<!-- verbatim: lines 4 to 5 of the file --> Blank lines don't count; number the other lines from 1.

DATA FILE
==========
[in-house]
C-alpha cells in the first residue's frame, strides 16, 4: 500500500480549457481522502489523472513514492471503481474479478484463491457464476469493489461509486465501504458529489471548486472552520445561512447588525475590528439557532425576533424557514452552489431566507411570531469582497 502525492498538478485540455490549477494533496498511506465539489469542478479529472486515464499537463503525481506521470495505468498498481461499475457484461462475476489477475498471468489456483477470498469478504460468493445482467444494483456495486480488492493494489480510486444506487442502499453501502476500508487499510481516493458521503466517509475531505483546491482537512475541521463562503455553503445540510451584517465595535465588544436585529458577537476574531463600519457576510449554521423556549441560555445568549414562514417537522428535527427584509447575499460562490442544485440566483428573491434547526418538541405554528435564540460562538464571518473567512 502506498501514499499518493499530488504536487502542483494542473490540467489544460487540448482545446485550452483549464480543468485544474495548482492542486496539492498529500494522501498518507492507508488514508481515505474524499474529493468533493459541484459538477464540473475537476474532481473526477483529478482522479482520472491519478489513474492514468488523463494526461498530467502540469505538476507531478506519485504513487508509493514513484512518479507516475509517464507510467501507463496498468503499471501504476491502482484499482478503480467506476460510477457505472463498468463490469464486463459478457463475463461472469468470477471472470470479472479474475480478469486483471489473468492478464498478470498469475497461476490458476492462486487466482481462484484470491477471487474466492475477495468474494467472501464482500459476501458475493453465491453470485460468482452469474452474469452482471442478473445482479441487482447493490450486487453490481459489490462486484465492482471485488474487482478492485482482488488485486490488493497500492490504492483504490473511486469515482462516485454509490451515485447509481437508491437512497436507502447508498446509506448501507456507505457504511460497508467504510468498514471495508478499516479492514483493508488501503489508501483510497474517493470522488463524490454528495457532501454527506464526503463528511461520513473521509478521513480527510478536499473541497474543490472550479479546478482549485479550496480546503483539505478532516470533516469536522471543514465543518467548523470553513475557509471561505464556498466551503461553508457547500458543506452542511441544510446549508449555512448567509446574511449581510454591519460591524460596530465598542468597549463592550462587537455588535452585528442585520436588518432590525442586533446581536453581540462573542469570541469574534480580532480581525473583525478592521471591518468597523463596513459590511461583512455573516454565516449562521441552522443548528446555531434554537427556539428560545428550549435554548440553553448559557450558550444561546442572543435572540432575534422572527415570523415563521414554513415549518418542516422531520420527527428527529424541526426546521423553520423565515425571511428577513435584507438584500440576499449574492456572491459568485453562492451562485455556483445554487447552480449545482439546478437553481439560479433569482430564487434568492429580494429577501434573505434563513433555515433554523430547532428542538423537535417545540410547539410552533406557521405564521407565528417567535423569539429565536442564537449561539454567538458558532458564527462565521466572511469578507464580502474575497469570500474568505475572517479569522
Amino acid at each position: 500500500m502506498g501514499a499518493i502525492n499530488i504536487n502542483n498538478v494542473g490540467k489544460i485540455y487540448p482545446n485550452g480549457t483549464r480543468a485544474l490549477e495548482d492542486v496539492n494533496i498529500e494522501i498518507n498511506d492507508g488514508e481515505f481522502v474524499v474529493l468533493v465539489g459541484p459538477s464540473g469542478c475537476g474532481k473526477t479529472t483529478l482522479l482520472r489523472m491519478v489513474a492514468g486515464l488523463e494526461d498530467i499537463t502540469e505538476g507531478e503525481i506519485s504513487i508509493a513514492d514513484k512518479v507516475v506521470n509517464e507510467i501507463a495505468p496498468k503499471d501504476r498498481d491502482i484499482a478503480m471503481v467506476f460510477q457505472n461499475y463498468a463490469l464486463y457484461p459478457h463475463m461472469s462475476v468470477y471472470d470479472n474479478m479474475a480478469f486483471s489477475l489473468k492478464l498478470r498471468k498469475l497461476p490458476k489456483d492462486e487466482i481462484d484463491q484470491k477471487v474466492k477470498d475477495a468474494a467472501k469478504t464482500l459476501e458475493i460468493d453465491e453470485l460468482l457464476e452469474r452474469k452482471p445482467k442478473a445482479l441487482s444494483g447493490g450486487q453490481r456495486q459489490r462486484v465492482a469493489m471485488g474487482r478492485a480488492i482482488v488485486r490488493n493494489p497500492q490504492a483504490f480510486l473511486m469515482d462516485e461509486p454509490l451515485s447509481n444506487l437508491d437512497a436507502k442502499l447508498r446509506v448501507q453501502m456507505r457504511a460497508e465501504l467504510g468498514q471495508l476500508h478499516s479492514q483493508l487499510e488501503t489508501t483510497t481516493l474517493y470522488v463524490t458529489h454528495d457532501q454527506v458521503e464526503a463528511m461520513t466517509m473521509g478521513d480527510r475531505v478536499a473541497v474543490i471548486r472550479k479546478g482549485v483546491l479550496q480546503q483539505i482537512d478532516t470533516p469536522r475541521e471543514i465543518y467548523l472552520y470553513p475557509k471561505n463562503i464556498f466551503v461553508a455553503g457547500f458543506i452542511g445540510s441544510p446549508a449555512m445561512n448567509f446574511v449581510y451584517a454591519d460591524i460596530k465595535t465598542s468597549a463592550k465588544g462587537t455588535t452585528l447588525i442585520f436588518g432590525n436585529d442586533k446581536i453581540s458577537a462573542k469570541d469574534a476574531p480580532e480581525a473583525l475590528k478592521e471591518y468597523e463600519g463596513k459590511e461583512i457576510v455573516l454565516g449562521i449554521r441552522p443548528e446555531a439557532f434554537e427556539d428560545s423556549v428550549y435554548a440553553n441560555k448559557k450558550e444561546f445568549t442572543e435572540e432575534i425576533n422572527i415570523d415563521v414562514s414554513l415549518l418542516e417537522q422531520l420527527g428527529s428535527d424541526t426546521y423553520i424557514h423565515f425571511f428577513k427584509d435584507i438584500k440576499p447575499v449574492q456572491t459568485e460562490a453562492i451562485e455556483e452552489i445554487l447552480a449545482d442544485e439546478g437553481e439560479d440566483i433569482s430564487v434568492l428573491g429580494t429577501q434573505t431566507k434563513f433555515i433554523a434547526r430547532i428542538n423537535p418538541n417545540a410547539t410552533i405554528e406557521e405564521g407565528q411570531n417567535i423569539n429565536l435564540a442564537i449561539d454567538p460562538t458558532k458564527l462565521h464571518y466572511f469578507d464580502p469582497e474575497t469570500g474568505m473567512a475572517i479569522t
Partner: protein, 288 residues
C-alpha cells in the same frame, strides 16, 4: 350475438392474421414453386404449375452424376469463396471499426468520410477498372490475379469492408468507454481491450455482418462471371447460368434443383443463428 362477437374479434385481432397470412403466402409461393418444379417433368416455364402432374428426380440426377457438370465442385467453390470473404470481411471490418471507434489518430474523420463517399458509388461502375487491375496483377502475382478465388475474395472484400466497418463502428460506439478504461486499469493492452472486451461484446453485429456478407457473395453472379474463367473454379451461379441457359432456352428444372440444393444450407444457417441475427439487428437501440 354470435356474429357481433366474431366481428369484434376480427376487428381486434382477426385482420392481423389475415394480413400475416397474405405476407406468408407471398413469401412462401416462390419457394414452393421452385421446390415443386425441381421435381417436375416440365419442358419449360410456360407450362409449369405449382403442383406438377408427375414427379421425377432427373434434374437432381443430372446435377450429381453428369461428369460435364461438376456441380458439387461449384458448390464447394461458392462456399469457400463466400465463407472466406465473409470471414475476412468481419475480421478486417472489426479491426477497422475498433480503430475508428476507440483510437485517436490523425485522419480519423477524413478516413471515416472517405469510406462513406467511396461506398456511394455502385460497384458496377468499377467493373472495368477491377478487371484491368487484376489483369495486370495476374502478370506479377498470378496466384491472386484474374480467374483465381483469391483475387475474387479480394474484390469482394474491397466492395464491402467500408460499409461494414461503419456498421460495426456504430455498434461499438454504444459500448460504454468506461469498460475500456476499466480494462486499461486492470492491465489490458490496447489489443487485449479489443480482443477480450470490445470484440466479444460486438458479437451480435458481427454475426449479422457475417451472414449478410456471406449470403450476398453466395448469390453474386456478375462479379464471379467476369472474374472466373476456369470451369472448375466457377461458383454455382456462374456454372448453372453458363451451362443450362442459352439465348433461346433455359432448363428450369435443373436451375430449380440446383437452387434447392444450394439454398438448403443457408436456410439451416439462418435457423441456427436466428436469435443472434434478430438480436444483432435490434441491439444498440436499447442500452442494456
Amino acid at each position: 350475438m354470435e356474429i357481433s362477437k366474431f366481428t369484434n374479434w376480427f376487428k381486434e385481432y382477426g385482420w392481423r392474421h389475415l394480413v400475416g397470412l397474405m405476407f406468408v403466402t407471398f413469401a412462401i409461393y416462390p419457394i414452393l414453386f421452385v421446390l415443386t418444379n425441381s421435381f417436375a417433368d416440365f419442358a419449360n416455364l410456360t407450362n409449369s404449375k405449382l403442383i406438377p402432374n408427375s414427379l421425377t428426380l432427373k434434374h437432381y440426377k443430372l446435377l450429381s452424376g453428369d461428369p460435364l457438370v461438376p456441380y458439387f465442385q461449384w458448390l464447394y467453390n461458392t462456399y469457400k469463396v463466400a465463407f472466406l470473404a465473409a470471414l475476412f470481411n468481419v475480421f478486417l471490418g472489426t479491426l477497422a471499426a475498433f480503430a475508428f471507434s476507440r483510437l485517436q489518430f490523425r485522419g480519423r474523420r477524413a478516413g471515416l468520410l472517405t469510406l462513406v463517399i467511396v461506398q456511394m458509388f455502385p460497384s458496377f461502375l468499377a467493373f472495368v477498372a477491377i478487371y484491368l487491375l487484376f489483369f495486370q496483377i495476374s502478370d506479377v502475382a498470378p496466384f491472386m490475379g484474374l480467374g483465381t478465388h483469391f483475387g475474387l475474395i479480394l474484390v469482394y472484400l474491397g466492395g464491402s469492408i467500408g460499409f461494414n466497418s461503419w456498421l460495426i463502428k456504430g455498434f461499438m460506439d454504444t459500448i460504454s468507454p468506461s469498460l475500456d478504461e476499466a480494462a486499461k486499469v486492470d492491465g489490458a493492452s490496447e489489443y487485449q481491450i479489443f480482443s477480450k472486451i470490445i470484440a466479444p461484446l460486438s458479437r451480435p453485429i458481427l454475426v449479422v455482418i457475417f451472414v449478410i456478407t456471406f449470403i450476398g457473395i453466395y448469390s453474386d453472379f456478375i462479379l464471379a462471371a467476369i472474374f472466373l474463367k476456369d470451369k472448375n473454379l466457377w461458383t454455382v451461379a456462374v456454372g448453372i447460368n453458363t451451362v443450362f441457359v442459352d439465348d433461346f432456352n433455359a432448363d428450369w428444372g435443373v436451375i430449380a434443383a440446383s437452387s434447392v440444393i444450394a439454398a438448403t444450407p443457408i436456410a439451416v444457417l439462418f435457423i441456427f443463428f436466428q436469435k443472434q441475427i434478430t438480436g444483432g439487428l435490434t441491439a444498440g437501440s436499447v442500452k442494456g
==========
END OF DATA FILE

Partner: protein, 288 residues
C-alpha cells in the same frame, strides 16, 4: 350475438392474421414453386404449375452424376469463396471499426468520410477498372490475379469492408468507454481491450455482418462471371447460368434443383443463428 362477437374479434385481432397470412403466402409461393418444379417433368416455364402432374428426380440426377457438370465442385467453390470473404470481411471490418471507434489518430474523420463517399458509388461502375487491375496483377502475382478465388475474395472484400466497418463502428460506439478504461486499469493492452472486451461484446453485429456478407457473395453472379474463367473454379451461379441457359432456352428444372440444393444450407444457417441475427439487428437501440 354470435356474429357481433366474431366481428369484434376480427376487428381486434382477426385482420392481423389475415394480413400475416397474405405476407406468408407471398413469401412462401416462390419457394414452393421452385421446390415443386425441381421435381417436375416440365419442358419449360410456360407450362409449369405449382403442383406438377408427375414427379421425377432427373434434374437432381443430372446435377450429381453428369461428369460435364461438376456441380458439387461449384458448390464447394461458392462456399469457400463466400465463407472466406465473409470471414475476412468481419475480421478486417472489426479491426477497422475498433480503430475508428476507440483510437485517436490523425485522419480519423477524413478516413471515416472517405469510406462513406467511396461506398456511394455502385460497384458496377468499377467493373472495368477491377478487371484491368487484376489483369495486370495476374502478370506479377498470378496466384491472386484474374480467374483465381483469391483475387475474387479480394474484390469482394474491397466492395464491402467500408460499409461494414461503419456498421460495426456504430455498434461499438454504444459500448460504454468506461469498460475500456476499466480494462486499461486492470492491465489490458490496447489489443487485449479489443480482443477480450470490445470484440466479444460486438458479437451480435458481427454475426449479422457475417451472414449478410456471406449470403450476398453466395448469390453474386456478375462479379464471379467476369472474374472466373476456369470451369472448375466457377461458383454455382456462374456454372448453372453458363451451362443450362442459352439465348433461346433455359432448363428450369435443373436451375430449380440446383437452387434447392444450394439454398438448403443457408436456410439451416439462418435457423441456427436466428436469435443472434434478430438480436444483432435490434441491439444498440436499447442500452442494456